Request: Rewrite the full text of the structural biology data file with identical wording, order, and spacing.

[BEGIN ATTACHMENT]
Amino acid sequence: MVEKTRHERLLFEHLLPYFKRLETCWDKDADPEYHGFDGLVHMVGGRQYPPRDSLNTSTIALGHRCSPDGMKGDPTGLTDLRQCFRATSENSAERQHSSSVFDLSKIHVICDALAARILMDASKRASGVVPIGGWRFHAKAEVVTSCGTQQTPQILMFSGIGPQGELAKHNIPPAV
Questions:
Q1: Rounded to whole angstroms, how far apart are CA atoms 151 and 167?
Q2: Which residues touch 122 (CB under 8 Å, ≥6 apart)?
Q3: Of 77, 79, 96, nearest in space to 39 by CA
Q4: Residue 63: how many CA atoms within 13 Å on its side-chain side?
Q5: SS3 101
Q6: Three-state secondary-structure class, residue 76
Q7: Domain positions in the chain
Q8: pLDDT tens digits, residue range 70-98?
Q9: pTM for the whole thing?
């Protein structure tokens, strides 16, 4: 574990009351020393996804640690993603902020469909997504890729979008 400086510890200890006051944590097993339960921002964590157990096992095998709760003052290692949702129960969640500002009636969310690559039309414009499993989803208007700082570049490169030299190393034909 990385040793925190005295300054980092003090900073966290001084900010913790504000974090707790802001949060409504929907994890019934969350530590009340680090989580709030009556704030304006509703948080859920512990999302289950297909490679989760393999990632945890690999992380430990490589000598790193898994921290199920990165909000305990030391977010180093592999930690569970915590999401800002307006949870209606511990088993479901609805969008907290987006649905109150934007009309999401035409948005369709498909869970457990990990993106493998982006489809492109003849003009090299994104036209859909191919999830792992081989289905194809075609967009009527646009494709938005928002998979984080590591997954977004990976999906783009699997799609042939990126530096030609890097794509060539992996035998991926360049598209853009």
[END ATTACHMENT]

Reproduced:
Amino acid sequence: MVEKTRHERLLFEHLLPYFKRLETCWDKDADPEYHGFDGLVHMVGGRQYPPRDSLNTSTIALGHRCSPDGMKGDPTGLTDLRQCFRATSENSAERQHSSSVFDLSKIHVICDALAARILMDASKRASGVVPIGGWRFHAKAEVVTSCGTQQTPQILMFSGIGPQGELAKHNIPPAV
Questions:
Q1: Rounded to whole angstroms, how far apart are CA atoms 151 and 167?
Q2: Which residues touch 122 (CB under 8 Å, ≥6 apart)?
Q3: Of 77, 79, 96, nearest in space to 39 by CA
Q4: Residue 63: how many CA atoms within 13 Å on its side-chain side?
Q5: SS3 101
Q6: Three-state secondary-structure class, residue 76
Q7: Domain positions in the chain
Q8: pLDDT tens digits, residue range 70-98?
Q9: pTM for the whole thing?
């Protein structure tokens, strides 16, 4: 574990009351020393996804640690993603902020469909997504890729979008 400086510890200890006051944590097993339960921002964590157990096992095998709760003052290692949702129960969640500002009636969310690559039309414009499993989803208007700082570049490169030299190393034909 990385040793925190005295300054980092003090900073966290001084900010913790504000974090707790802001949060409504929907994890019934969350530590009340680090989580709030009556704030304006509703948080859920512990999302289950297909490679989760393999990632945890690999992380430990490589000598790193898994921290199920990165909000305990030391977010180093592999930690569970915590999401800002307006949870209606511990088993479901609805969008907290987006649905109150934007009309999401035409948005369709498909869970457990990990993106493998982006489809492109003849003009090299994104036209859909191919999830792992081989289905194809075609967009009527646009494709938005928002998979984080590591997954977004990976999906783009699997799609042939990126530096030609890097794509060539992996035998991926360049598209853009």